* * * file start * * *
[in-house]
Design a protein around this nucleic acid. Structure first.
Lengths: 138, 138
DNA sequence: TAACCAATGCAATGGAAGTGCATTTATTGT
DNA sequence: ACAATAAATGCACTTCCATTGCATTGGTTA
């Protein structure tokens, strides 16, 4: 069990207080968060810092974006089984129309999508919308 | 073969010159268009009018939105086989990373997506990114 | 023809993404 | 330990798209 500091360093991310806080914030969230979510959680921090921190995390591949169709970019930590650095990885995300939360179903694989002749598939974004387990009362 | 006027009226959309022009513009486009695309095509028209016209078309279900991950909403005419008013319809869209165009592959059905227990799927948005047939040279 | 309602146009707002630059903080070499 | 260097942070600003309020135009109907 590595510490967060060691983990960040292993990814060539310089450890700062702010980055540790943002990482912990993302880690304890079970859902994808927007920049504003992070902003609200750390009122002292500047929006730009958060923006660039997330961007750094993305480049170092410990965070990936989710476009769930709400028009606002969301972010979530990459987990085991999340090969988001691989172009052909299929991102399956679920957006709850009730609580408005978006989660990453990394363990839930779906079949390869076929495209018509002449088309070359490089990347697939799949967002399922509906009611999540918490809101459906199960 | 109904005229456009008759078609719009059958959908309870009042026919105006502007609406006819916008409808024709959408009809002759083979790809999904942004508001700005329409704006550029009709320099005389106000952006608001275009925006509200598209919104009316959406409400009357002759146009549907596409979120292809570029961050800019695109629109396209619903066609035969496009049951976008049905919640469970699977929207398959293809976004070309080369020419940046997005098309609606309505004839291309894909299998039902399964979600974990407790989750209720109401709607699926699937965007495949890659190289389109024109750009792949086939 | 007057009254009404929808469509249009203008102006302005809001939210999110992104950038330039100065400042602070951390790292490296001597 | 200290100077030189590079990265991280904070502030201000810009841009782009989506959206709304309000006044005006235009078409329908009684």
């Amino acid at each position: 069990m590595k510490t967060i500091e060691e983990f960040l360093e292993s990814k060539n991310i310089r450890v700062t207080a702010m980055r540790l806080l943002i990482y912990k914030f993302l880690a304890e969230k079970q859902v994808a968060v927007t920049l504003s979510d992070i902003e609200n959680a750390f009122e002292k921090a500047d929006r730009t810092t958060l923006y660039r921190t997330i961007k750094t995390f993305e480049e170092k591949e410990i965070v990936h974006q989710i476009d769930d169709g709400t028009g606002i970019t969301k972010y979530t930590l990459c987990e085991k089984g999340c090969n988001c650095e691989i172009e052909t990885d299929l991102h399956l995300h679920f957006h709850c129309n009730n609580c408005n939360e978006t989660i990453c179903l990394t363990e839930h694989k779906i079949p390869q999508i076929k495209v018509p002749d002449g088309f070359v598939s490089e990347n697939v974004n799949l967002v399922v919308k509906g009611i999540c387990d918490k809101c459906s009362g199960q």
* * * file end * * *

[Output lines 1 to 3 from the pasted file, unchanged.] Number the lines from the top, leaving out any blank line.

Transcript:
[in-house]
Design a protein around this nucleic acid. Structure first.
Lengths: 138, 138